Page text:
• in the high RWA group, militaries quickly grew and war ensued, leading to a global nuclear war that killed every person on the planet 
    • they were given the chance to start again, but still did not trust each other or learn from their mistakes
    • at the end of the game, the world was divided into armed camps on the brink of all-out war
  • however, there are criticisms of this experiment:
    • playing a game with no real consequences does not necessarily indicate how people would respond in a real-life situation 
    • it was held over one night, therefore results could have been due to chance factors highly influenced by certain individuals
    • also, only university students participated in the study, so the results may not generalize to the rest of the population 

6

Personality Traits Over the Life Span

  • are we are the same people as we get older, or do our fundamental personalities tend to change?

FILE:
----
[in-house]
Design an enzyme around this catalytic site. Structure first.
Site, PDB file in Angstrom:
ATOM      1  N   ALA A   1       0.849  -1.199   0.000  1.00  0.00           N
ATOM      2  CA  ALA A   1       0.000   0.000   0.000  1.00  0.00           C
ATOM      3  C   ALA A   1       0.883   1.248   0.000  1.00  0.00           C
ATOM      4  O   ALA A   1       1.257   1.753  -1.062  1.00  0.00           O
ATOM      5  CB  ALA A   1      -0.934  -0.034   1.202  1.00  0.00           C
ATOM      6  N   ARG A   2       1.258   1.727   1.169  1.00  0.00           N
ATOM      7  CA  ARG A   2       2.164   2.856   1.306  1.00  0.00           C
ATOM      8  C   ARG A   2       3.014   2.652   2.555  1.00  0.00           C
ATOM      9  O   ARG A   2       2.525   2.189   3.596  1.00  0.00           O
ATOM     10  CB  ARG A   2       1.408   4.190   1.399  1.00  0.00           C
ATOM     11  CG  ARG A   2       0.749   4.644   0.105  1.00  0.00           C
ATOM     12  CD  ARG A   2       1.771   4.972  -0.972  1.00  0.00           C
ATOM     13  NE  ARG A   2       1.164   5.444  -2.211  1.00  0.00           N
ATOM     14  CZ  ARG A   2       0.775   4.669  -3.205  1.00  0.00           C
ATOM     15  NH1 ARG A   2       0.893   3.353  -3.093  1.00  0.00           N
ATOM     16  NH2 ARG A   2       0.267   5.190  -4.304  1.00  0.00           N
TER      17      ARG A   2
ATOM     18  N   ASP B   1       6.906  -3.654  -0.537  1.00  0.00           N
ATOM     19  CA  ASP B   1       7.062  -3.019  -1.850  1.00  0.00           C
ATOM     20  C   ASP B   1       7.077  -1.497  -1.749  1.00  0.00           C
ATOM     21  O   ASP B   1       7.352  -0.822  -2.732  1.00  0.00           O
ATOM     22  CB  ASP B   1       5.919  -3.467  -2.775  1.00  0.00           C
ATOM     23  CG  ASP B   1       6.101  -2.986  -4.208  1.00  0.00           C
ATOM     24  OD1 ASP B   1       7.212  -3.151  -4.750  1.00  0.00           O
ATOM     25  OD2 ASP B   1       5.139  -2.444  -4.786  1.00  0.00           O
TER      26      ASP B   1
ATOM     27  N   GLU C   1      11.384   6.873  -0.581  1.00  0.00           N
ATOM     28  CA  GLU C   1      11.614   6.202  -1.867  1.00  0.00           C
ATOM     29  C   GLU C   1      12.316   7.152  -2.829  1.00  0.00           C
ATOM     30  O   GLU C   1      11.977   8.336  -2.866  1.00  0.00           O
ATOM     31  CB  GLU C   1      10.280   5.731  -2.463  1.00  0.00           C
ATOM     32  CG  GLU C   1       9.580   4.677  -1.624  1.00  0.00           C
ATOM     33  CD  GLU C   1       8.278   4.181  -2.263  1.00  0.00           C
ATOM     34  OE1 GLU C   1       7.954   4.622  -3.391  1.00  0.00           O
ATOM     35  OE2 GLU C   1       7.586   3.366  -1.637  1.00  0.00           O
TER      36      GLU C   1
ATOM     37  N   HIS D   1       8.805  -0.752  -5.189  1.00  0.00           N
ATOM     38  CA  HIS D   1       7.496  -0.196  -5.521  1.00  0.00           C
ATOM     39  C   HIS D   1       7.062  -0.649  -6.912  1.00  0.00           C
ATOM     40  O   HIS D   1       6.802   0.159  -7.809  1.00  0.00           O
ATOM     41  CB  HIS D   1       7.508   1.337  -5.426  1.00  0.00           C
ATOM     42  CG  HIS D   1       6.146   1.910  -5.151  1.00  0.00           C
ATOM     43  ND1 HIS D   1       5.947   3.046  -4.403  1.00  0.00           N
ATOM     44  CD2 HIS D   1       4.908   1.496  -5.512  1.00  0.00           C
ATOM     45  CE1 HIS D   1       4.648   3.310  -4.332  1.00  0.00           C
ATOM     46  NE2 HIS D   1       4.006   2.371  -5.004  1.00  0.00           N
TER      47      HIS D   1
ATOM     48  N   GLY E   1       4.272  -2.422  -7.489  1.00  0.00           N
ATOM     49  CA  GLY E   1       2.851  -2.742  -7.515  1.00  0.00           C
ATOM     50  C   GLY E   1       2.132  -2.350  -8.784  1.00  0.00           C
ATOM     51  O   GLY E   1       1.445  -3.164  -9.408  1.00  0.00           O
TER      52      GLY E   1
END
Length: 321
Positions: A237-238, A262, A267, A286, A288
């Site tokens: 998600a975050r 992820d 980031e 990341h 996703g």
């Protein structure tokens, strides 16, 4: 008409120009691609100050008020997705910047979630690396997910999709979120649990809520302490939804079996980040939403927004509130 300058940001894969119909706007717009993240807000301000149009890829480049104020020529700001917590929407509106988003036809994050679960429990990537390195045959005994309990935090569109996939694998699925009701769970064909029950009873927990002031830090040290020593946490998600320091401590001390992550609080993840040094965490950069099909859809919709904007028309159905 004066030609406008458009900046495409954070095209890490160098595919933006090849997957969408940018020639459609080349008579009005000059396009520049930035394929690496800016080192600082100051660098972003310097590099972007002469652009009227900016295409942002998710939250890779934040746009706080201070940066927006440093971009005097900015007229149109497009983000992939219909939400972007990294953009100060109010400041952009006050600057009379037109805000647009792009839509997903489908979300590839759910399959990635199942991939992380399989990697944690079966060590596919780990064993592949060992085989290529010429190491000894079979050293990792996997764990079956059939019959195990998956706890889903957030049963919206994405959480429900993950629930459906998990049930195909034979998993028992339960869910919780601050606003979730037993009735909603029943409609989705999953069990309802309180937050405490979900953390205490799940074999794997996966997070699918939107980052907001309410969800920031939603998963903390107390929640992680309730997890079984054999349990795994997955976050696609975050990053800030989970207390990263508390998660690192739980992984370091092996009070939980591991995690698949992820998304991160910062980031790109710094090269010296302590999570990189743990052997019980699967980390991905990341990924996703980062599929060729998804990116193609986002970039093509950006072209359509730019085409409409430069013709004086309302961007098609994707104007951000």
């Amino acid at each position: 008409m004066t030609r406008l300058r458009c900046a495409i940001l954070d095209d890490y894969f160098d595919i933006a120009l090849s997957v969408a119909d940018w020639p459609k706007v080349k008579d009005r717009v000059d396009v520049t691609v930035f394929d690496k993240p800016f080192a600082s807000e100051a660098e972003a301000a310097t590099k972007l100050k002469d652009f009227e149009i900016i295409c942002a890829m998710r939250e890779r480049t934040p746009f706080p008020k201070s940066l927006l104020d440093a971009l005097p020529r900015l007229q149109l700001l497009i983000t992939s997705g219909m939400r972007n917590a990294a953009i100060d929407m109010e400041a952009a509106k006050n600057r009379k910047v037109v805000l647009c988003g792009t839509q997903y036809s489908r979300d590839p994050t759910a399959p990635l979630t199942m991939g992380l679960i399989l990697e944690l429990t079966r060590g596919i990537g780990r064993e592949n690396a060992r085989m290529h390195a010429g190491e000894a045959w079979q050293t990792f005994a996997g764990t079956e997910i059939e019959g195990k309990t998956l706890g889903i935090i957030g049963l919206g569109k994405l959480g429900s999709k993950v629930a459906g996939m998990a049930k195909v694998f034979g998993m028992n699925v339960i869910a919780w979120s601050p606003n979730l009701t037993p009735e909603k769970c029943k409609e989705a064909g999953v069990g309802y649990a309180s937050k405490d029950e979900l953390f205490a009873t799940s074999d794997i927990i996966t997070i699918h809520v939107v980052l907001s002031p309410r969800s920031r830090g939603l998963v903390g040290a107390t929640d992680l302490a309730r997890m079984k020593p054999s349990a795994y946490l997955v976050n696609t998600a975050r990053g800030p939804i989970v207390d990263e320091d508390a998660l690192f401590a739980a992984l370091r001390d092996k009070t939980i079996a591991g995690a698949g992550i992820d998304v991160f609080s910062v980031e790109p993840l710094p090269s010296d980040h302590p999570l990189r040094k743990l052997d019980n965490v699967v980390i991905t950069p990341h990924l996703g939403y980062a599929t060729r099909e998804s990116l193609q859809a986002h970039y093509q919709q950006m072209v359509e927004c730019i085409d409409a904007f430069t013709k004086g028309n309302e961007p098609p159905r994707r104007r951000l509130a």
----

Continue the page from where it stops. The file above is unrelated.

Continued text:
• research has revealed considerable stability in our personalities 
  • given the large genetic contribution to personality factors, our personalities start even before we are born 
  • temperaments are relatively rudimentary; infants do not have the same complexity of personalities as adults, but they do vary on characteristics such as activity level, mood, attention span, and distractibility
  • kids come “hard-wired” to be a certain way; your power as a parent is small compared to the power of their genes
  • there are three main temperaments:
    • well-adjusted: capable of self-control, confident, not overly upset by new people or situations) 
    • under-controlled: impulsive, restless, distractible, emotionally volatile
      • by age 21, these former children were showing serious relationship difficulties, suffering from low levels of intimacy and trust
      • more likely to engage in externalizing behaviours: fighting, bullying, lying, disobeying; and more internalizing behaviours: worrying, being fussy, crying easily
    • inhibited: socially uncomfortable, fearful, easily upset by strangers
      • they also showed strong internalizing behaviours, and by age 18, emerging adult personalities reflected some of the temperaments at age 3
  • think back to the "fire together wire togehter" principle; the more an indiviual practices something like extraversion or conscientiousness, they more likely their brain is going to be good at that skill